COLORADO SPRINGS — The National Space Symposium, long dominated by the large government prime contractors, is seeing a groundswell of attendance by space startups that hope to fill the gaps left by a battered federal budget.
"I want to do something that spends the money better and that appeals to a lot of people, especially in a budget-constrained environment," said Christian Lenz, chief operating officer of PLANETiQ.
PLANETiQ began in September and consists of three people including Lenz in Boulder. New York-based Moog recently partnered with the startup, which is giving the weather satellite data company some momentum.
"We can significantly help weather agencies improve their forecast," said Anne Hale Miglarese, president and CEO of PLANETiQ. "Society wants better weather data. It's important to know, not to know whether or not you need a heavy coat, but it's about economic productivity."
A prime example happened Tuesday as a conference full of top satellite companies and their government customers braced for a snowstorm that never materialized at the event's location in Colorado Springs.
According to Miglarese and Lenz, multiple factors are contributing to this "weather information gap," including cost overrun and inefficiencies by the government agencies controlling the weather data.
Not only does PLANETiQ promise to build and deliver improved weather data for a fraction of the price, Miglarese argues that the company's weather technology could save government money once the satellites are flying.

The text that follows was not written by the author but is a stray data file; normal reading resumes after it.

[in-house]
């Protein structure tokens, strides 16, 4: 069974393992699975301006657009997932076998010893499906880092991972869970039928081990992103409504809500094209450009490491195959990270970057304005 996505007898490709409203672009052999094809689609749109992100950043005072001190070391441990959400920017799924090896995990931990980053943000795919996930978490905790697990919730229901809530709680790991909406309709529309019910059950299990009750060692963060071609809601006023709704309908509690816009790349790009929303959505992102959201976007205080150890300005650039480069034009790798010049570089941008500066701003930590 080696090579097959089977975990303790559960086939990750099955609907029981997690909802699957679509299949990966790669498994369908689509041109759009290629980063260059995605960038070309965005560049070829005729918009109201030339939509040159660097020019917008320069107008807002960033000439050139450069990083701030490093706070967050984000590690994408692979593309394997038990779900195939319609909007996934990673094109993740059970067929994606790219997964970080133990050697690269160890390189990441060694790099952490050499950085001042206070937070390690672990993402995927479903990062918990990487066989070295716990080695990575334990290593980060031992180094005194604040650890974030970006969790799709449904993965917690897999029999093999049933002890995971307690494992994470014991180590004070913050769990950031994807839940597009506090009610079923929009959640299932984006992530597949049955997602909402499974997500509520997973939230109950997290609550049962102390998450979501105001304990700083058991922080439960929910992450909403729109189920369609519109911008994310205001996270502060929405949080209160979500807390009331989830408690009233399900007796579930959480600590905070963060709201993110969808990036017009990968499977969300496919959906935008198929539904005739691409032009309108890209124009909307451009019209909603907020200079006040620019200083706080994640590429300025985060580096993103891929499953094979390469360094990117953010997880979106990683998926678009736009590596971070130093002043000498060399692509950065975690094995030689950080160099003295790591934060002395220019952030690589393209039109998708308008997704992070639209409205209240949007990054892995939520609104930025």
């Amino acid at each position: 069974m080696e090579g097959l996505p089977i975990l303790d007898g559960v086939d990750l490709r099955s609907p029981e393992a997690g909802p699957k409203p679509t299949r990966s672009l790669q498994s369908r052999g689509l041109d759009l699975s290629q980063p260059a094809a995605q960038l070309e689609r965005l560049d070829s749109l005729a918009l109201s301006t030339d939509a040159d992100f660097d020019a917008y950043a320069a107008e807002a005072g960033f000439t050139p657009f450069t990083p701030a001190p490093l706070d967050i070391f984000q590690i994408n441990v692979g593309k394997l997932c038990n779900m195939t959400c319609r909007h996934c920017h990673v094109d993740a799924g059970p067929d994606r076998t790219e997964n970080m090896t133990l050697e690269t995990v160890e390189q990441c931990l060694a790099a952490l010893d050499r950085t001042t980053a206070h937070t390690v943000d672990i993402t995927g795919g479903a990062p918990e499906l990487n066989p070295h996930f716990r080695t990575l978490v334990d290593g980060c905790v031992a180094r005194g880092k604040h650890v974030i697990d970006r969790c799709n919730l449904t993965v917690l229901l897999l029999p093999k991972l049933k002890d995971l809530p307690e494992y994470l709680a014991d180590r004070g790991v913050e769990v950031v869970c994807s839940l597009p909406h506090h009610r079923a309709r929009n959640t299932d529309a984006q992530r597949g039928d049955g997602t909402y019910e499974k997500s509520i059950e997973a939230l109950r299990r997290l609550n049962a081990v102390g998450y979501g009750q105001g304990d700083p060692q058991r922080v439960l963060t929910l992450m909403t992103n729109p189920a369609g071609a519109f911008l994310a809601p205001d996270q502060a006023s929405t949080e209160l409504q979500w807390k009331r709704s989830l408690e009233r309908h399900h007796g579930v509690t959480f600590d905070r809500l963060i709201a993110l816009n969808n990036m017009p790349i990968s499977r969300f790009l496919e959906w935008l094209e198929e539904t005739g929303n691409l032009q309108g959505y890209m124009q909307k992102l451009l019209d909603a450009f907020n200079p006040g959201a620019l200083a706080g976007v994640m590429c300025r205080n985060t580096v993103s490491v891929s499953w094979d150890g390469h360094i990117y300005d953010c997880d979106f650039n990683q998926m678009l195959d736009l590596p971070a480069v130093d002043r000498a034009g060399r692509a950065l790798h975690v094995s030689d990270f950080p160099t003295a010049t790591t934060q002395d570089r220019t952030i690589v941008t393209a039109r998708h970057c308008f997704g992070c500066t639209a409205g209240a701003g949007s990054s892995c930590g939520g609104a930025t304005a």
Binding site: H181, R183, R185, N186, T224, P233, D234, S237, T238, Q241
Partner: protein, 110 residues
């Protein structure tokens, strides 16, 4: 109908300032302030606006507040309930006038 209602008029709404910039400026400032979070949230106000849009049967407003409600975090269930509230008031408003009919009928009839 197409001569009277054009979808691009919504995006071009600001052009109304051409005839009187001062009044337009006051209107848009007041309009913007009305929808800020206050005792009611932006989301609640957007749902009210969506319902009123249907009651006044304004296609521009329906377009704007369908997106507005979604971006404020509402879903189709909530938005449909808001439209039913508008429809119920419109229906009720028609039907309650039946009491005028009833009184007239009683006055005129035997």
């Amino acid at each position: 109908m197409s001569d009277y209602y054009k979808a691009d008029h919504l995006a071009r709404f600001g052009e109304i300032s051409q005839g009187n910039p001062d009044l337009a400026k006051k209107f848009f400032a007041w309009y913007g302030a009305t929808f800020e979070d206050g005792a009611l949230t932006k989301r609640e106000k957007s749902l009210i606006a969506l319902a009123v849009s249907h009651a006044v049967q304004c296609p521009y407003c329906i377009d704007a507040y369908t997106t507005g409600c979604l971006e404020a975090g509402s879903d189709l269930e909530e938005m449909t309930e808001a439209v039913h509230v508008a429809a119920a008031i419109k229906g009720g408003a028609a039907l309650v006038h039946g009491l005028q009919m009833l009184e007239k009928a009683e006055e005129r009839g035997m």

When Washington braces for a storm that never amounts, it is often too late as the federal government has already shut down in preparation.
"You know how much it costs to shut down the federal government in advance?" Miglarese asked. "It's north of $200 million a day."
The commercialization of space-related activities may not be a new topic, but the federal government's recent budget cuts, known as sequestration, have accelerated the situation.
General William L. Shelton, Commander of the U.S. Air Force, said sequestration has put him and other military and agency leaders in a difficult position for determining budget cuts.
"If you choose to do the highest level of readiness with our current (structure) then you squeeze out a lot of these other modernization projects that we would like to undertake," Shelton said.
PLANETiQ said that it can do the modernizing so the government agencies don't have to pay for it until it is ready.
"The weather data been going downhill and has created a data gap," Lenz said. "All we want is a letter of intent from the government saying they'd be our customer if we build it. We don't get paid until the data is delivered. It's a lot better deal for the taxpayers."
According to Lenz, the company is seeking to raise private capital to get the company off the ground and aims to open a Boulder office in the fall.
If all goes well, Lenz said he could see a Colorado office of 25-30 people in the next few years.
Kristen Leigh Painter: 303-954-1638, email@example.com or twitter.com/kristenpainter